The Final Stretch

In Rice on December 7, 2007 by David Tagged: , , ,

The past two weeks have been quite hectic, and this is just the eye of the storm – finals are coming up. Updating the Rice Habitat website, RSVP website, finishing the Bios 213 Bee Project, finishing the Differential Equations Project, Cell Biology Test last Thursday, Bios 213 Brazoria National Wildlife Refuge Lab, Mechanics test this Wednesday, Bios 213 Natural History Exam this Thursday, HCC EMT-B presentation, Group Meeting Research Presentation, and Nutrition test.  Whew.

With these projects and tasks done, I can start studying for finals with full concentration. Even as these two past weeks have been hectic, I’m actually really happy. It’s a good feeling, knowing that I’m not wasting too much time doing random tasks or just playing around. I really liked planning out my day, making sure I pencil in all the big projects as well as small details. One of my biggest fears is going through life without accomplishing anything or finding my true purpose – and having stuff on hand gives me a sense of fulfillment/accomplishment and keeps me from having these useless/slightly pessimistic thoughts.

Looking back at Bios 213. I have to say this has been a very well-taught, educational, and useful class. The trifecta of a good class! Dr. Sullender, is a very good teacher- obviously knowledgeable, very friendly, and slightly eccentric! He goes on our nature walks barefooted! And he just jumped into waist-deep water to grab some plants in the Brazoria Wildlife Refuge lab. Haha, I have to say, looking back, I think I like my most eccentric professors the most. They seem most human – unbound by rigorous social norms brave enough to do the things without worrying about what other people think.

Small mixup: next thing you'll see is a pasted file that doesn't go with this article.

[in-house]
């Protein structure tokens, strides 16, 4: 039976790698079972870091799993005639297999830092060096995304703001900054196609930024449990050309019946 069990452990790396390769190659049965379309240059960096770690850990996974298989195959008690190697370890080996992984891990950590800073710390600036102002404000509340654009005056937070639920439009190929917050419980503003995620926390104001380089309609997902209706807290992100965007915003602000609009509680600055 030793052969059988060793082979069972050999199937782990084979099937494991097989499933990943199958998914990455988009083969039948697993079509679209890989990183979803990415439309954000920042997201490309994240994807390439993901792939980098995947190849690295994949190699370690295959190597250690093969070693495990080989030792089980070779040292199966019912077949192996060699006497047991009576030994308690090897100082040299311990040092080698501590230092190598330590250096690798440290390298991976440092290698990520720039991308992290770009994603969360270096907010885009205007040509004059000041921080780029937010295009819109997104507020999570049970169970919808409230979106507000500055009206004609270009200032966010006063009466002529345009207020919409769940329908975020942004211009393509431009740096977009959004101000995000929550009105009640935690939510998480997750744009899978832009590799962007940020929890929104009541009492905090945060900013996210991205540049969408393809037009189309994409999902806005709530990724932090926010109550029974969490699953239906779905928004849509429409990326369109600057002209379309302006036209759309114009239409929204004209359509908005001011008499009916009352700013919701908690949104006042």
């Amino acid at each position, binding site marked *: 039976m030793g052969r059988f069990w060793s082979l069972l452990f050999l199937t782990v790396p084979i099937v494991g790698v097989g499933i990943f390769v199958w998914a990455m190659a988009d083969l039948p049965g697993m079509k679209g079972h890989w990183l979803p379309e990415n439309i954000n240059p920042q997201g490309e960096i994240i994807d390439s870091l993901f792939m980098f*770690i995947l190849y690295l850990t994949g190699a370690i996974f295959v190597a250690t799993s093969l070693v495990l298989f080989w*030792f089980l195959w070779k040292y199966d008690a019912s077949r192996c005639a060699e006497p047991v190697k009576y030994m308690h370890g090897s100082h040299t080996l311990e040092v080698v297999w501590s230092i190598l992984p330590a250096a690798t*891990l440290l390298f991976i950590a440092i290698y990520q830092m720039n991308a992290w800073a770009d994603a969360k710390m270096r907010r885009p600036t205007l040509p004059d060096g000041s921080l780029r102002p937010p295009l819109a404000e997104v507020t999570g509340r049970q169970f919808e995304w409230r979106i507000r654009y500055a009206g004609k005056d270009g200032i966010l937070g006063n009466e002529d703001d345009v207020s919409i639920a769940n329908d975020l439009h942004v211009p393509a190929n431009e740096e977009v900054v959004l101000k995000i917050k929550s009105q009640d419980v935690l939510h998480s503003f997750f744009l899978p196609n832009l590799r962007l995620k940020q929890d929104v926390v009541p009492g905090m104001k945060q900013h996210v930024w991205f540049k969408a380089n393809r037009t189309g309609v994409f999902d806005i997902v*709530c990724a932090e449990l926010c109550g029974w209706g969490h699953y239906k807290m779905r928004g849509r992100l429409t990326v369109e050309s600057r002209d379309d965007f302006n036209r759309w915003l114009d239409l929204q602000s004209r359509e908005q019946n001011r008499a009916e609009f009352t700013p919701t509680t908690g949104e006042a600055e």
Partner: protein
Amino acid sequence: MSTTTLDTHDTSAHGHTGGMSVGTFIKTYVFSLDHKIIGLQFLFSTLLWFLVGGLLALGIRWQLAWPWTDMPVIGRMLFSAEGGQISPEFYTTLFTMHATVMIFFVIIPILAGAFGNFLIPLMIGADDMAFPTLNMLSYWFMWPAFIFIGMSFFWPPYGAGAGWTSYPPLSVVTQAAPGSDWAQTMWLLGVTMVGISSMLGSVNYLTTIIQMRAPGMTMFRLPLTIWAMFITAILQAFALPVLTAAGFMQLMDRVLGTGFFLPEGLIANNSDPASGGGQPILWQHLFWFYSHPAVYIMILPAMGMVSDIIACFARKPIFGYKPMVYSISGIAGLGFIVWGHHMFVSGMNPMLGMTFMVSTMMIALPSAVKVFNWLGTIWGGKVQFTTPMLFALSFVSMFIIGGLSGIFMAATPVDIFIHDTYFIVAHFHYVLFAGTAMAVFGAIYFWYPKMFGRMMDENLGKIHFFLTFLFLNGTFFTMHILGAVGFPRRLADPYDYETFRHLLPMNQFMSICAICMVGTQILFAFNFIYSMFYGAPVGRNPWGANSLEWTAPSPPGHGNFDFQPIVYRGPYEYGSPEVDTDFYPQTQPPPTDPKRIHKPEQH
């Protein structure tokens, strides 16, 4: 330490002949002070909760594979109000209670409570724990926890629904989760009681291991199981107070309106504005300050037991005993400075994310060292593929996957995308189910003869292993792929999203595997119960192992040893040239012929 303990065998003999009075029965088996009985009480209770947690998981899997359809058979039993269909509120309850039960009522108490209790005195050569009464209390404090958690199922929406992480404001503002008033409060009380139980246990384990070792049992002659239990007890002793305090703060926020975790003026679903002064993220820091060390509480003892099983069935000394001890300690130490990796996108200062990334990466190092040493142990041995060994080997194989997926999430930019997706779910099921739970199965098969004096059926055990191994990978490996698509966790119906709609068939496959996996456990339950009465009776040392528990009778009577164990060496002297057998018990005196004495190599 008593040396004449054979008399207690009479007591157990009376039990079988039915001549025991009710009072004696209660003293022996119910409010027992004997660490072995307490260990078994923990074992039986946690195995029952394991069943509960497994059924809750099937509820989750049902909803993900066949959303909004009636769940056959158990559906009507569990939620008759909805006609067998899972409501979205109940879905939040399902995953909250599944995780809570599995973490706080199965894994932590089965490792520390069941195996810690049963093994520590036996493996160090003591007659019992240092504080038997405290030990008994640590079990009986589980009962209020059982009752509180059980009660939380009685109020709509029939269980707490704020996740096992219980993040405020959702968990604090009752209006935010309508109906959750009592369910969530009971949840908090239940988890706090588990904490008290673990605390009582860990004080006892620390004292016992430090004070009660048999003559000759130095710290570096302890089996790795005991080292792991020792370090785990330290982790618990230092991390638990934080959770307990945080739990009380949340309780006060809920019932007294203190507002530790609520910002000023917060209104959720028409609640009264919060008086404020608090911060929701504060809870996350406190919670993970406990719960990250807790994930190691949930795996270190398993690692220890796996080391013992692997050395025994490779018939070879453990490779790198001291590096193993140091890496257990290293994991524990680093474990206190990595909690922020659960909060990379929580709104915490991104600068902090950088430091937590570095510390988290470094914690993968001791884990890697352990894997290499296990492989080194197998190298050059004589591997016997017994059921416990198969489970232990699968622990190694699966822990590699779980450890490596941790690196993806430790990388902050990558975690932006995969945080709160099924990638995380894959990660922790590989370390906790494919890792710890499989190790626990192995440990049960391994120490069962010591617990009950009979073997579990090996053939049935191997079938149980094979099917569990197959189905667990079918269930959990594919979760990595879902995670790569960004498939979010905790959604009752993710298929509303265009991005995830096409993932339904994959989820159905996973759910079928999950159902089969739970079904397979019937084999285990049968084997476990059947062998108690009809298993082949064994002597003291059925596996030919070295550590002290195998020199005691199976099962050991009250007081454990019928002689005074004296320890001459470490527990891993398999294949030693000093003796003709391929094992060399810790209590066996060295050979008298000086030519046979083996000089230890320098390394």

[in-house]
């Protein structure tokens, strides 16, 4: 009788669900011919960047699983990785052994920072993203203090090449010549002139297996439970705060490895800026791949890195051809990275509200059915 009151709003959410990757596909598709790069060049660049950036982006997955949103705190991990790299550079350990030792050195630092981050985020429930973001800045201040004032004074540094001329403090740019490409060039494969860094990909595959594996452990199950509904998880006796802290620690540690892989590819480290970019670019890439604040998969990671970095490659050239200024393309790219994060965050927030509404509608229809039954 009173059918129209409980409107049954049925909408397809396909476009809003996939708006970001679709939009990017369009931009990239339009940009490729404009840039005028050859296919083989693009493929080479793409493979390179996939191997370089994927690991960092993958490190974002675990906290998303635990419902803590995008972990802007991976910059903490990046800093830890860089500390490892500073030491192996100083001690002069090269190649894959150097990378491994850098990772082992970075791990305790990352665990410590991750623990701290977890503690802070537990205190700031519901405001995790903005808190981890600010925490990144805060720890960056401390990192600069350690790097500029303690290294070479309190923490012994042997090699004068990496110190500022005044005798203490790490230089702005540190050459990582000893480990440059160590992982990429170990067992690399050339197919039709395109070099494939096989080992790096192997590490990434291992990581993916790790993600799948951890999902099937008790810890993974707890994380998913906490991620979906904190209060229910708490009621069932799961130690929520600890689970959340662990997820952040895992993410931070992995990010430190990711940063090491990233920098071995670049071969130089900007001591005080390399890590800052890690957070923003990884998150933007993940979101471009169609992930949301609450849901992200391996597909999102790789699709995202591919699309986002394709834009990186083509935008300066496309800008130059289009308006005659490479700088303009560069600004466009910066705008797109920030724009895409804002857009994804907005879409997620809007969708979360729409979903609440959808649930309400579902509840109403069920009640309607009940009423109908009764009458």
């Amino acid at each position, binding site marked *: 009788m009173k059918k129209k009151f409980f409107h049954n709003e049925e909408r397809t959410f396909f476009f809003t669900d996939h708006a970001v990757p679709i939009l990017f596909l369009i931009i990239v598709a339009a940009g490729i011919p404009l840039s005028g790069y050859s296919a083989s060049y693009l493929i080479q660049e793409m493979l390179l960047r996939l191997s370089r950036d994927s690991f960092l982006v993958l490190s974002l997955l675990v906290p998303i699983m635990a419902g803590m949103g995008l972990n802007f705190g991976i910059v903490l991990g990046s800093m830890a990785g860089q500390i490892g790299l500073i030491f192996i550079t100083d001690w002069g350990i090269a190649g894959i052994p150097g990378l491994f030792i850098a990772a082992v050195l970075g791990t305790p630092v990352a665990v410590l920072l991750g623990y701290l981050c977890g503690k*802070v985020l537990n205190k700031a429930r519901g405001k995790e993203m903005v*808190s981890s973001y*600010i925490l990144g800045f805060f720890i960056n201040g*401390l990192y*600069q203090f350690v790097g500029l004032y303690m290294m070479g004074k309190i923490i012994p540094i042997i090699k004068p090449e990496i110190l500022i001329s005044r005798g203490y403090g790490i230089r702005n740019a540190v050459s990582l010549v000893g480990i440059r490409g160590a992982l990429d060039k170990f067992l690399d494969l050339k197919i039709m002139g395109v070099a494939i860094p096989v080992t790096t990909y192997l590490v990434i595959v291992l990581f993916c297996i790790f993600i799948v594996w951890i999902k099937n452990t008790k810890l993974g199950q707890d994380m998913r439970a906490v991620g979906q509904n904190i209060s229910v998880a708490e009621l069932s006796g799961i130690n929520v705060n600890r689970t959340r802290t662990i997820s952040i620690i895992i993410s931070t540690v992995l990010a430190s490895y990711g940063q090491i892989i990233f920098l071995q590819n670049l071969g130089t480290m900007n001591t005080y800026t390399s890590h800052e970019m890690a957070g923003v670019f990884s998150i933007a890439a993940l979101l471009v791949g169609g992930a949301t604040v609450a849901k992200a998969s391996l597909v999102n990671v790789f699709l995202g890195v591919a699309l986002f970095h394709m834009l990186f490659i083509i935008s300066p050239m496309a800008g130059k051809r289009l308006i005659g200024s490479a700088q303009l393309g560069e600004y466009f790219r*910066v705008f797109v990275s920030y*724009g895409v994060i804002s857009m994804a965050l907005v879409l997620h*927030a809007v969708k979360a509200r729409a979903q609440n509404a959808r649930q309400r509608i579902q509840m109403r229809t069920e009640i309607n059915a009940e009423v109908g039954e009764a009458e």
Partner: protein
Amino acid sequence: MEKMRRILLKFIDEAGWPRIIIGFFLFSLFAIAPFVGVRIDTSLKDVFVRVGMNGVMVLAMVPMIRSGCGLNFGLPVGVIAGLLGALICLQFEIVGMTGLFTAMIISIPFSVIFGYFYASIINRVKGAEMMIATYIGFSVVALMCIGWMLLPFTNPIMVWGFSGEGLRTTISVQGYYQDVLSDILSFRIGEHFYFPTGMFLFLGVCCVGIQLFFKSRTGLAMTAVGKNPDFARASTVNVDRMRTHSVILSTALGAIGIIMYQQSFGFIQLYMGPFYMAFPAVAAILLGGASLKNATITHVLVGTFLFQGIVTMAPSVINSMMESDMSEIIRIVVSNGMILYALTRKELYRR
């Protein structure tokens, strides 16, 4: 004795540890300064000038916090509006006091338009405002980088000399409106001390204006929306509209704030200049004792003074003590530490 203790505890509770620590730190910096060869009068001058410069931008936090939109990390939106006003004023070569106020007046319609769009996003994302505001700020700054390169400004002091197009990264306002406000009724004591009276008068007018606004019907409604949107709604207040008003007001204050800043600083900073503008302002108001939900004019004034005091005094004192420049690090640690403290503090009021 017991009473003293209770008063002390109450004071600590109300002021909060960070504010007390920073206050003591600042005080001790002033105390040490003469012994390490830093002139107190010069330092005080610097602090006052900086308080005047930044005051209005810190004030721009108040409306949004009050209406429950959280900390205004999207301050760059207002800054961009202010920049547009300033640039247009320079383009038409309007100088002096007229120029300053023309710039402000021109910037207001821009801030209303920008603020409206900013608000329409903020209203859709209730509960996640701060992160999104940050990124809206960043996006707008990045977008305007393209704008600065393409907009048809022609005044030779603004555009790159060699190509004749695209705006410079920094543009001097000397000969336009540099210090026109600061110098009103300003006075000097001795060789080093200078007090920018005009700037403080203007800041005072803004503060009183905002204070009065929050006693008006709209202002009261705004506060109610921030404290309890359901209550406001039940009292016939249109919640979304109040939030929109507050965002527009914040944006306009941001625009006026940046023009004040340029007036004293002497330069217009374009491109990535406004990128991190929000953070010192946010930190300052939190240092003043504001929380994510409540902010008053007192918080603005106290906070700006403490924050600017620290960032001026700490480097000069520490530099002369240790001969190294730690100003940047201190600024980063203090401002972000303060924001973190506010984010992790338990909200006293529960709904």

This class was also very educational. From the literature review required for the Bee Paper to nature walks to identify trees and birds, this class has really opened my eyes to the natural life surrounding us. I’ve never looked at a butterfly with such intensity before, nor really paused to hear the birdsongs before. I’m really glad I took this class. The knowledge is also very practical too. Our final is a natural history exam. Walking around Hermann Park, we were supposed to identify 23 unique trees and 23 birds/bees. I feel really proud now that I can look around and identify some of the birds and trees around Rice. At the beginning, I was completely impressed by how Dr. Sullender could classify the trees 50 feet away or the birds through sound alone.

It’s almost Christmas soon!
For holiday spirit, here is an awesome tree:


See anything special?


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